A year on from the vote, and the process is in chaos. Perhaps we shouldn’t be surprised. The Leave campaign deliberately never spelled out any detailed plan for Brexit, and senior figures fought internal battles over which model they preferred. One minute Britain would be like Norway, then we’d be like Canada – and then we’d be unique. After the vote Theresa May promised us a "Red, White and Blue Brexit" – and then her ministers kept threatening the EU with walking away with no deal at all which, in fairness, would be unique(ly) reckless. 

We now have our future being negotiated by a government who have just had their majority wiped out. More than half of voters opted for progressive parties at the last election – yet the people representing us in Brussels are the right-wing hardliners David Davis, Liam Fox and Boris Johnson.

Despite widespread opposition, the government has steadfastly refused to unilaterally guarantee EU citizens their rights. This week it has shown its disregard for the environment as it published a Queen’s Speech with no specific plans for environmental protection in the Brexit process either. 

Amid such chaos there is, however, a glimmer of hope. MPs from all parties are working together to stop an extreme Brexit. Labour’s position seems to be softening, and it looks likely that the Scottish Parliament will have a say on the final deal too. The Democratic Unionist Party is regressive in many ways, but there’s a good chance that the government relying on it will soften Brexit for Northern Ireland, at least because of the DUP's insistence on keeping the border with Ireland open. My amendments to the Queen’s speech to give full rights to EU nationals and create an Environmental Protection Act have cross-party support.

With such political instability here at home – and a growing sense among the public that people deserve a final say on any deal - it seems that everything is up for grabs. The government has no mandate for pushing ahead with an extreme Brexit. As the democratic reformers Unlock Democracy said in a recent report “The failure of any party to gain a majority in the recent election has made the need for an inclusive, consensus based working even more imperative.” The referendum should have been the start of a democratic process, not the end of one.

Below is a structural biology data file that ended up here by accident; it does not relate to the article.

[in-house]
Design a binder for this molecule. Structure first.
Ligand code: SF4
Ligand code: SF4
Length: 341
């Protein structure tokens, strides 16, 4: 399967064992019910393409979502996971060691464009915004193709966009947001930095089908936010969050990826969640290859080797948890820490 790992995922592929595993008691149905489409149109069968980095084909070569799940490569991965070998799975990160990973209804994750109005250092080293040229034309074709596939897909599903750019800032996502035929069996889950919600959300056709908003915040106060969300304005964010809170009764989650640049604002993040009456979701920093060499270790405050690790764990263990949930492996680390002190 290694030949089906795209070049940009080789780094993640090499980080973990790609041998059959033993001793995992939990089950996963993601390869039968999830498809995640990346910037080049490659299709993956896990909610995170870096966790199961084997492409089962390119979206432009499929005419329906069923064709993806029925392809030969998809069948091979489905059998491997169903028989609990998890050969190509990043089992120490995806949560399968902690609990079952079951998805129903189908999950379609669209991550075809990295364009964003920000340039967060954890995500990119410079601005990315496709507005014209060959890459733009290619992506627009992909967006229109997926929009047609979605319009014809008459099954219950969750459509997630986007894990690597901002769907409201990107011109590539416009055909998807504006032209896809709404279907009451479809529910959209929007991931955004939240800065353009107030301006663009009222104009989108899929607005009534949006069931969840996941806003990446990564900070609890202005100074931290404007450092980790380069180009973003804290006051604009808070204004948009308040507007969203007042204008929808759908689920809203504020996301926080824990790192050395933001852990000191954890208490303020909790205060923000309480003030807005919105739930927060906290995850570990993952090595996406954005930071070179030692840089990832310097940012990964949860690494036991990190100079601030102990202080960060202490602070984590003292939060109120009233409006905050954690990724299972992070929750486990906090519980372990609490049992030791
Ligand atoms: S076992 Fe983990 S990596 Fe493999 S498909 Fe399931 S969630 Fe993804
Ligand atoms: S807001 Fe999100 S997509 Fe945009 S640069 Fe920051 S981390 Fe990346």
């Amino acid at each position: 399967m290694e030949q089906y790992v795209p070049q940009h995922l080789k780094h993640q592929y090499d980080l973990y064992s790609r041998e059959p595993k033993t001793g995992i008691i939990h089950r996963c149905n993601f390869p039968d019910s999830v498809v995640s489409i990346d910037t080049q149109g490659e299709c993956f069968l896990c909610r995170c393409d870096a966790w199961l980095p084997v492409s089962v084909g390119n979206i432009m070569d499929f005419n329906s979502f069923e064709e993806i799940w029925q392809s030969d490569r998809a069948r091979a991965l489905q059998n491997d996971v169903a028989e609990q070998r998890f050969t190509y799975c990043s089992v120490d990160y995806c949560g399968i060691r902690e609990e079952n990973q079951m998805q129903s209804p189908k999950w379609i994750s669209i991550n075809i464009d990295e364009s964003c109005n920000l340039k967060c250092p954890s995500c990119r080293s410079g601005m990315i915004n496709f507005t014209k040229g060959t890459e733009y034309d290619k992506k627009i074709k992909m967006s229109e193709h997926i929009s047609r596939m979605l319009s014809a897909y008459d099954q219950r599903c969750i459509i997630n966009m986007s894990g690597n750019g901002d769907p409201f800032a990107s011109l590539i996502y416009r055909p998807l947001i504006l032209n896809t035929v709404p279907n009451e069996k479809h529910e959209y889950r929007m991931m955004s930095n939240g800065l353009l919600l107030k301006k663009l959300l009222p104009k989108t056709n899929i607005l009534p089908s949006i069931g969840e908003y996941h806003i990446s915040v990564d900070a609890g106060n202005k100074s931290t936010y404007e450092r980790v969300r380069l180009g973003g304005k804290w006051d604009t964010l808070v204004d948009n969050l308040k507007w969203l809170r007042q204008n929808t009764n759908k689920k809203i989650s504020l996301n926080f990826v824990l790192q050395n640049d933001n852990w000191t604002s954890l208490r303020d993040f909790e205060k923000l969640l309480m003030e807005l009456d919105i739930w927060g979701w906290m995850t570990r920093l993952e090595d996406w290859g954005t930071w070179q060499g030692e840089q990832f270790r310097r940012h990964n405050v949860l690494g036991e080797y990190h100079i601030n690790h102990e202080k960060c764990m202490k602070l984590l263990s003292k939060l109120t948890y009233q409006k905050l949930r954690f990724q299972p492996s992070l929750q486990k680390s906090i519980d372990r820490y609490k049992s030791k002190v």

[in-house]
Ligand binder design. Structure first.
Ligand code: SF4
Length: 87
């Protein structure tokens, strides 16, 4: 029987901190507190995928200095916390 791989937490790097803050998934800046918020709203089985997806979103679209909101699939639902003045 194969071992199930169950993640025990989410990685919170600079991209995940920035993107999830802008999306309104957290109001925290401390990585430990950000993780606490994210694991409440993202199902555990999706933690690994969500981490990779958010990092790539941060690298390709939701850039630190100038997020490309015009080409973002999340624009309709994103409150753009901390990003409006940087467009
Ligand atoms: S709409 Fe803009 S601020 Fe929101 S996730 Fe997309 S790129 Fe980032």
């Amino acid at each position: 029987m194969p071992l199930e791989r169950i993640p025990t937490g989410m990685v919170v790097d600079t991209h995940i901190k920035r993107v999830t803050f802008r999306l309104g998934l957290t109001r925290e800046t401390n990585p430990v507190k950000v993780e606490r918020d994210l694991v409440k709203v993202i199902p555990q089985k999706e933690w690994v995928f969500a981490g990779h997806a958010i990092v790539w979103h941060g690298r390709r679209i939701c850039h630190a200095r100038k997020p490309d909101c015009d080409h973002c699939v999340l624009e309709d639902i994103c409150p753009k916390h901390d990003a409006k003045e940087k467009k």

That’s why Greens are calling for a cross-party commission on Brexit, in order to ensure that voices from across the political spectrum are heard in the process. And it’s why we continue to push for a ratification referendum on the final deal negotiated by the government - we want the whole country to have the last word on this, not just the 650 MPs elected to the Parliament via an extremely unrepresentative electoral system.

No one predicted what would happen over the last year. From the referendum, to Theresa May’s disastrous leadership and a progressive majority at a general election. And no one knows exactly what will happen next. But what’s clear is that people across this country should be at the centre of the coming debate over our future – it can’t be stitched up behind closed doors by ministers without a mandate.

Caroline Lucas is the MP for Brighton Pavilion.